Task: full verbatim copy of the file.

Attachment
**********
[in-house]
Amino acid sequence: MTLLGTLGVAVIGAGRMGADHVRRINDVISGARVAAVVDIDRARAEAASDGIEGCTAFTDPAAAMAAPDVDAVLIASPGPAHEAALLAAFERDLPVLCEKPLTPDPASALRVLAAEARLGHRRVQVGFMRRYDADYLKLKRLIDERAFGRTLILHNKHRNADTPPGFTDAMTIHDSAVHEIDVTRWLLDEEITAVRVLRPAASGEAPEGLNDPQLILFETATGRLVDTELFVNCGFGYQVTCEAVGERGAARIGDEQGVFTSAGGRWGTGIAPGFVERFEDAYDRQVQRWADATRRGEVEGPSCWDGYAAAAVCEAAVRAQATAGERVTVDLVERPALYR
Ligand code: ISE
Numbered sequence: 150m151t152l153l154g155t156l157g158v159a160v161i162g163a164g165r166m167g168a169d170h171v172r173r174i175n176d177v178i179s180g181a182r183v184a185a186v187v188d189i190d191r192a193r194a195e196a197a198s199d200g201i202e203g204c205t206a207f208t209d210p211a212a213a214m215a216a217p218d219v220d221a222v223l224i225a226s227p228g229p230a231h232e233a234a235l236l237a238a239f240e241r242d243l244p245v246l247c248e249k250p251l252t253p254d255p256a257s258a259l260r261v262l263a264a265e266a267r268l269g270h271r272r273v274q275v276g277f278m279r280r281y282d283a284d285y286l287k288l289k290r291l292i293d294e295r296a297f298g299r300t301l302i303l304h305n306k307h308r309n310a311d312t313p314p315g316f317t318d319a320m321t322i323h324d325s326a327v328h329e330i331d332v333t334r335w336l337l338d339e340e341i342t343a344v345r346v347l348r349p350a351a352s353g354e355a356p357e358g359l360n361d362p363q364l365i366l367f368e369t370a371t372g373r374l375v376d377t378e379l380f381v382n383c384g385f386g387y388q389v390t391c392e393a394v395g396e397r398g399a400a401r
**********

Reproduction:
[in-house]
Amino acid sequence: MTLLGTLGVAVIGAGRMGADHVRRINDVISGARVAAVVDIDRARAEAASDGIEGCTAFTDPAAAMAAPDVDAVLIASPGPAHEAALLAAFERDLPVLCEKPLTPDPASALRVLAAEARLGHRRVQVGFMRRYDADYLKLKRLIDERAFGRTLILHNKHRNADTPPGFTDAMTIHDSAVHEIDVTRWLLDEEITAVRVLRPAASGEAPEGLNDPQLILFETATGRLVDTELFVNCGFGYQVTCEAVGERGAARIGDEQGVFTSAGGRWGTGIAPGFVERFEDAYDRQVQRWADATRRGEVEGPSCWDGYAAAAVCEAAVRAQATAGERVTVDLVERPALYR
Ligand code: ISE
Numbered sequence: 150m151t152l153l154g155t156l157g158v159a160v161i162g163a164g165r166m167g168a169d170h171v172r173r174i175n176d177v178i179s180g181a182r183v184a185a186v187v188d189i190d191r192a193r194a195e196a197a198s199d200g201i202e203g204c205t206a207f208t209d210p211a212a213a214m215a216a217p218d219v220d221a222v223l224i225a226s227p228g229p230a231h232e233a234a235l236l237a238a239f240e241r242d243l244p245v246l247c248e249k250p251l252t253p254d255p256a257s258a259l260r261v262l263a264a265e266a267r268l269g270h271r272r273v274q275v276g277f278m279r280r281y282d283a284d285y286l287k288l289k290r291l292i293d294e295r296a297f298g299r300t301l302i303l304h305n306k307h308r309n310a311d312t313p314p315g316f317t318d319a320m321t322i323h324d325s326a327v328h329e330i331d332v333t334r335w336l337l338d339e340e341i342t343a344v345r346v347l348r349p350a351a352s353g354e355a356p357e358g359l360n361d362p363q364l365i366l367f368e369t370a371t372g373r374l375v376d377t378e379l380f381v382n383c384g385f386g387y388q389v390t391c392e393a394v395g396e397r398g399a400a401r